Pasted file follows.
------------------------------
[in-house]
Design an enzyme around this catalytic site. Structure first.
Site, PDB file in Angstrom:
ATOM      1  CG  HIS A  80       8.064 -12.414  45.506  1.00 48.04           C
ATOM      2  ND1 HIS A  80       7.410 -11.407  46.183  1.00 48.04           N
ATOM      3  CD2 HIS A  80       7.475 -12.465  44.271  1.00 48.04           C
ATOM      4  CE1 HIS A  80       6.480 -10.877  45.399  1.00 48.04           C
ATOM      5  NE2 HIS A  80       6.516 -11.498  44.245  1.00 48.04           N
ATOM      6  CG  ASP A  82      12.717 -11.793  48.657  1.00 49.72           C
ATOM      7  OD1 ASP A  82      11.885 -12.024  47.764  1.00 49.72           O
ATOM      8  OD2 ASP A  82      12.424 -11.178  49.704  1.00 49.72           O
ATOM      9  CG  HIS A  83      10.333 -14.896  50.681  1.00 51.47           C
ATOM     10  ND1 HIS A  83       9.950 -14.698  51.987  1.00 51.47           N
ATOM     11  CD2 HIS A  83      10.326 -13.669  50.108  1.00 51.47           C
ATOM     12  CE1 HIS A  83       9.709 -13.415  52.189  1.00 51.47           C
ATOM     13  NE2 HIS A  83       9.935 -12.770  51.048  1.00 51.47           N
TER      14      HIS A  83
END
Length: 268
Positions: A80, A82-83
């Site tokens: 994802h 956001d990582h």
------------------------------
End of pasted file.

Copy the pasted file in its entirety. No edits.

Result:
[in-house]
Design an enzyme around this catalytic site. Structure first.
Site, PDB file in Angstrom:
ATOM      1  CG  HIS A  80       8.064 -12.414  45.506  1.00 48.04           C
ATOM      2  ND1 HIS A  80       7.410 -11.407  46.183  1.00 48.04           N
ATOM      3  CD2 HIS A  80       7.475 -12.465  44.271  1.00 48.04           C
ATOM      4  CE1 HIS A  80       6.480 -10.877  45.399  1.00 48.04           C
ATOM      5  NE2 HIS A  80       6.516 -11.498  44.245  1.00 48.04           N
ATOM      6  CG  ASP A  82      12.717 -11.793  48.657  1.00 49.72           C
ATOM      7  OD1 ASP A  82      11.885 -12.024  47.764  1.00 49.72           O
ATOM      8  OD2 ASP A  82      12.424 -11.178  49.704  1.00 49.72           O
ATOM      9  CG  HIS A  83      10.333 -14.896  50.681  1.00 51.47           C
ATOM     10  ND1 HIS A  83       9.950 -14.698  51.987  1.00 51.47           N
ATOM     11  CD2 HIS A  83      10.326 -13.669  50.108  1.00 51.47           C
ATOM     12  CE1 HIS A  83       9.709 -13.415  52.189  1.00 51.47           C
ATOM     13  NE2 HIS A  83       9.935 -12.770  51.048  1.00 51.47           N
TER      14      HIS A  83
END
Length: 268
Positions: A80, A82-83
């Site tokens: 994802h 956001d990582h």